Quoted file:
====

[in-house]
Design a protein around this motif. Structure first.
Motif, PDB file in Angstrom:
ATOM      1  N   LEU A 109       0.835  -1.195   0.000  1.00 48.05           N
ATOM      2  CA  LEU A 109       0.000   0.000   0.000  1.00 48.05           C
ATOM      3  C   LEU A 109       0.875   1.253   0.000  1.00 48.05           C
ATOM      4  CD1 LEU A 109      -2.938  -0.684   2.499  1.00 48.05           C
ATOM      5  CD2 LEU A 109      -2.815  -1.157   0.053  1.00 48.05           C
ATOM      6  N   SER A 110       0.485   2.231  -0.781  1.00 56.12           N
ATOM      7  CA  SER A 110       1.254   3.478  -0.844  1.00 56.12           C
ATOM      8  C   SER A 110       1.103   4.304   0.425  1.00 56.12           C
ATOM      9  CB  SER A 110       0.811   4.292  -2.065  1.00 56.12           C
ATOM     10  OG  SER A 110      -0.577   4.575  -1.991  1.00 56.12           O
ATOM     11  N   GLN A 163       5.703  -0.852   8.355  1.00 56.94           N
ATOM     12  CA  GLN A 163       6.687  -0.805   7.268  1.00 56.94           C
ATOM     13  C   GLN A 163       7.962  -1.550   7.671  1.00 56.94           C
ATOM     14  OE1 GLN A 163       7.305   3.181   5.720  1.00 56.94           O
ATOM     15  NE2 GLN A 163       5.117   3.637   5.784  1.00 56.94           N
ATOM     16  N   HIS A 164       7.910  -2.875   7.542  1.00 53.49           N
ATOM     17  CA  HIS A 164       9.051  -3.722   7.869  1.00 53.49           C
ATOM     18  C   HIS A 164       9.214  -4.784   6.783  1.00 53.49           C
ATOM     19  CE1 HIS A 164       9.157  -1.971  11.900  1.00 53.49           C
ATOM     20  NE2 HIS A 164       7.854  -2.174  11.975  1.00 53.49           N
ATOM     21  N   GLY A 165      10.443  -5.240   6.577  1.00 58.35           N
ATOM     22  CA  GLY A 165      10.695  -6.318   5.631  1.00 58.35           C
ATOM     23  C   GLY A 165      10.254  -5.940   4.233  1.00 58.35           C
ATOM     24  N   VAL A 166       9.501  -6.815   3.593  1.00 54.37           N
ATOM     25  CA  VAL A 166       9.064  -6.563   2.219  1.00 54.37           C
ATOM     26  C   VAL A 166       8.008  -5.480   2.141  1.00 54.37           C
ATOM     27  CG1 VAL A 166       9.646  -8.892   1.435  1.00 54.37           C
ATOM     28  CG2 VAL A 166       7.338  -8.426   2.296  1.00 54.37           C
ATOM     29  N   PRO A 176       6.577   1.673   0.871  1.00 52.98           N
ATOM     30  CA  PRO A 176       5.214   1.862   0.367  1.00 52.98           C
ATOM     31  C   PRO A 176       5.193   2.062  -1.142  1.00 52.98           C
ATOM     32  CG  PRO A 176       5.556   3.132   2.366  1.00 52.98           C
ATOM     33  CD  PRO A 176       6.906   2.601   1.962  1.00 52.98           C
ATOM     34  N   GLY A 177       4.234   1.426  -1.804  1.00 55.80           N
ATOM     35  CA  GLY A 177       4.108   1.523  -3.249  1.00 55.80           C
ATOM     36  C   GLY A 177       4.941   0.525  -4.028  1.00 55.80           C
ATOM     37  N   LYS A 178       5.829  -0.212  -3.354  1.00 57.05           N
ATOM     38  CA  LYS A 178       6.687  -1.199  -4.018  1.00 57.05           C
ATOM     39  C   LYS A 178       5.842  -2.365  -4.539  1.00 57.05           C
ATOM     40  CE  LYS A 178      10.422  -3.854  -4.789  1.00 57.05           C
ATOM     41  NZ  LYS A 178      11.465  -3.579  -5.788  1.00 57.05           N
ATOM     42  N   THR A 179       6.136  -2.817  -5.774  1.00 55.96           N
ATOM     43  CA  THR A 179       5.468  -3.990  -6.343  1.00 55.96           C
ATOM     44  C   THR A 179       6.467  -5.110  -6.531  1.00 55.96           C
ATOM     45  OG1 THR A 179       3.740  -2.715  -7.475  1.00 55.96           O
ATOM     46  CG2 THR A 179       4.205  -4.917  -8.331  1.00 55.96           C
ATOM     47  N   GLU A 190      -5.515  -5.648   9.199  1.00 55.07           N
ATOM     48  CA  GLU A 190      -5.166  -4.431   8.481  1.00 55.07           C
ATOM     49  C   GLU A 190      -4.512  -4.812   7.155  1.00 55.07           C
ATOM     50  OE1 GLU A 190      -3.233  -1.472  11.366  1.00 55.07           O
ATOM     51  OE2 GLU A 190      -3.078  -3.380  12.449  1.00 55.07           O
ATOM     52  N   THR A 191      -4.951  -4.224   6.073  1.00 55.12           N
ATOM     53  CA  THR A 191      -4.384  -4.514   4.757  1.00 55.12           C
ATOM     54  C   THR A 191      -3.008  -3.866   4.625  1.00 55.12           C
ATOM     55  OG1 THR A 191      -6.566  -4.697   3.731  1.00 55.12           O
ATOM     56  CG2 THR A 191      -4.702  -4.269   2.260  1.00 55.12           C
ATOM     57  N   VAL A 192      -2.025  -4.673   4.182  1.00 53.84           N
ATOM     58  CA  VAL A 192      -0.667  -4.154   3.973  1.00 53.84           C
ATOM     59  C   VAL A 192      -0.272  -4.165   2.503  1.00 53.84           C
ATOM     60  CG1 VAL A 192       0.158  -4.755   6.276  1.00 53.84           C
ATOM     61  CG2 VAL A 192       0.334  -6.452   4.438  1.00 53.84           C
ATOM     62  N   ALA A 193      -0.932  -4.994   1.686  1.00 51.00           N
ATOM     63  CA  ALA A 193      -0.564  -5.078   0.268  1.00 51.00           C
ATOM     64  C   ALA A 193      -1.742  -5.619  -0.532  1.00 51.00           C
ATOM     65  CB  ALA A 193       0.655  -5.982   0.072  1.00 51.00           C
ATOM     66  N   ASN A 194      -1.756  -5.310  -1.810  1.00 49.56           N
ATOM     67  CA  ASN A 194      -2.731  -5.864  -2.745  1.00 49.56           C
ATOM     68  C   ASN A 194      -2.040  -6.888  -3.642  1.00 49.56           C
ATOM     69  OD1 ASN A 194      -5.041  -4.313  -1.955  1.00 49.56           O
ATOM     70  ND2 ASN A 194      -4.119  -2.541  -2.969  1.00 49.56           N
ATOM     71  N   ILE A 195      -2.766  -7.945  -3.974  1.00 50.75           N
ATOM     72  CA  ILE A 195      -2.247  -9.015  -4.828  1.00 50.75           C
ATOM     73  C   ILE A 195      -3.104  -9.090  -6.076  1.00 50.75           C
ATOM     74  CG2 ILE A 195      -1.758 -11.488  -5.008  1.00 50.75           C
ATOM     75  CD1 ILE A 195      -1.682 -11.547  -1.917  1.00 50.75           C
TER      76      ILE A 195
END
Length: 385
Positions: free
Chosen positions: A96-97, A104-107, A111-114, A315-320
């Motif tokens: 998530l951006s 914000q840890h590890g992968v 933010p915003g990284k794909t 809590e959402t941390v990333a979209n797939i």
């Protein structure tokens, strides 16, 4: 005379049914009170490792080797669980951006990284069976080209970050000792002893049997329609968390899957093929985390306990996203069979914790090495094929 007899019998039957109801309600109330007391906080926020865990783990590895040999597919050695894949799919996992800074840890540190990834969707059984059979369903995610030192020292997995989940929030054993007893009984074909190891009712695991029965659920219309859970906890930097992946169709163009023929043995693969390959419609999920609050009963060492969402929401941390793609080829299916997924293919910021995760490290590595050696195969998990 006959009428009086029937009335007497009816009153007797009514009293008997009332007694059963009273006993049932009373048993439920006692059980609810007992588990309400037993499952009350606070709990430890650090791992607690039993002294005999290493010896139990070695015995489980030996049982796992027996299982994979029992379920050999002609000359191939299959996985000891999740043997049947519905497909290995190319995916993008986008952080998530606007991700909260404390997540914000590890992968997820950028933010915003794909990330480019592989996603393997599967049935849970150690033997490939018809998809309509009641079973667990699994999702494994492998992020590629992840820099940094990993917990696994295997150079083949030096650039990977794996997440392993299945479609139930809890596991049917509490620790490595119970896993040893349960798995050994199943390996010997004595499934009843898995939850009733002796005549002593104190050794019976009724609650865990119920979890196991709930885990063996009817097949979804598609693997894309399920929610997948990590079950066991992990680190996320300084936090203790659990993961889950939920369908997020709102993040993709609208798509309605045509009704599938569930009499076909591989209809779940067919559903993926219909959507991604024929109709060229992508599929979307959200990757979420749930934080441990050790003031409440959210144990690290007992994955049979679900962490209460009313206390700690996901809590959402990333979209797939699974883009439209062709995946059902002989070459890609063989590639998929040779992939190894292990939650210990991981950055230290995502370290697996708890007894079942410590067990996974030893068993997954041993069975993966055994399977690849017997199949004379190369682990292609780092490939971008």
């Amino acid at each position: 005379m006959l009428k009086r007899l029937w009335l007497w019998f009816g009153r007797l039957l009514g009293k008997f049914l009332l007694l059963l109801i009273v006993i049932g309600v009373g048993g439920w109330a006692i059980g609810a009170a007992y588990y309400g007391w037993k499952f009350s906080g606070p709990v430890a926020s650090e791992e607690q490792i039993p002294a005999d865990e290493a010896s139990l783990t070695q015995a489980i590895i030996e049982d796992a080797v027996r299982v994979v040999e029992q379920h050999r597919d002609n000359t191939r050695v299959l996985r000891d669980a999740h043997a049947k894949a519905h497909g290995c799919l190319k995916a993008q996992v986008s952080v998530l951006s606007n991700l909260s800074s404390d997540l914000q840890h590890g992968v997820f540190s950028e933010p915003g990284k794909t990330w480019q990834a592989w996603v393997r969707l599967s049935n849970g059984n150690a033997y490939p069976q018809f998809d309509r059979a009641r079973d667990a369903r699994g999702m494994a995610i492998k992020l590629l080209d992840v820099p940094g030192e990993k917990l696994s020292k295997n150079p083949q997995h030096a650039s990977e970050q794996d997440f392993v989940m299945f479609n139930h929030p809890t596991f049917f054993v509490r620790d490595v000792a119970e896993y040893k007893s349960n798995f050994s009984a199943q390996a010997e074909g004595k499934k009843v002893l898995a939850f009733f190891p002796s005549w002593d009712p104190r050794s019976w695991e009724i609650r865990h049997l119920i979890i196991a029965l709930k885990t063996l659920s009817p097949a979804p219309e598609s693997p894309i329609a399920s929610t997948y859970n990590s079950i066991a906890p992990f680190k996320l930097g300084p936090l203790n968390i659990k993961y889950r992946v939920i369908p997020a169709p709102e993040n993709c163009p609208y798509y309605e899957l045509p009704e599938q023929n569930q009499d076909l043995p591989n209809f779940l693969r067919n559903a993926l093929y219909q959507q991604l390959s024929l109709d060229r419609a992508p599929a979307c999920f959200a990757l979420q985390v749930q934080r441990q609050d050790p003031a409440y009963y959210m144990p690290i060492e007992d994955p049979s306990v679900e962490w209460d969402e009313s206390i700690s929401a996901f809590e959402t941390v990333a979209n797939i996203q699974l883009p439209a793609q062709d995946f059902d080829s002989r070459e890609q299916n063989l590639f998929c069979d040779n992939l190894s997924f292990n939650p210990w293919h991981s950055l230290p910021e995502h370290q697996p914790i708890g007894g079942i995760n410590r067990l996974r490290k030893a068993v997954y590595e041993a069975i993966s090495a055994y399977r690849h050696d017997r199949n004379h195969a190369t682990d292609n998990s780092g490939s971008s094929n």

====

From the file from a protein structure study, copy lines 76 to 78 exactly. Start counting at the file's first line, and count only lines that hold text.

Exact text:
ATOM     73  C   ILE A 195      -3.104  -9.090  -6.076  1.00 50.75           C
ATOM     74  CG2 ILE A 195      -1.758 -11.488  -5.008  1.00 50.75           C
ATOM     75  CD1 ILE A 195      -1.682 -11.547  -1.917  1.00 50.75           C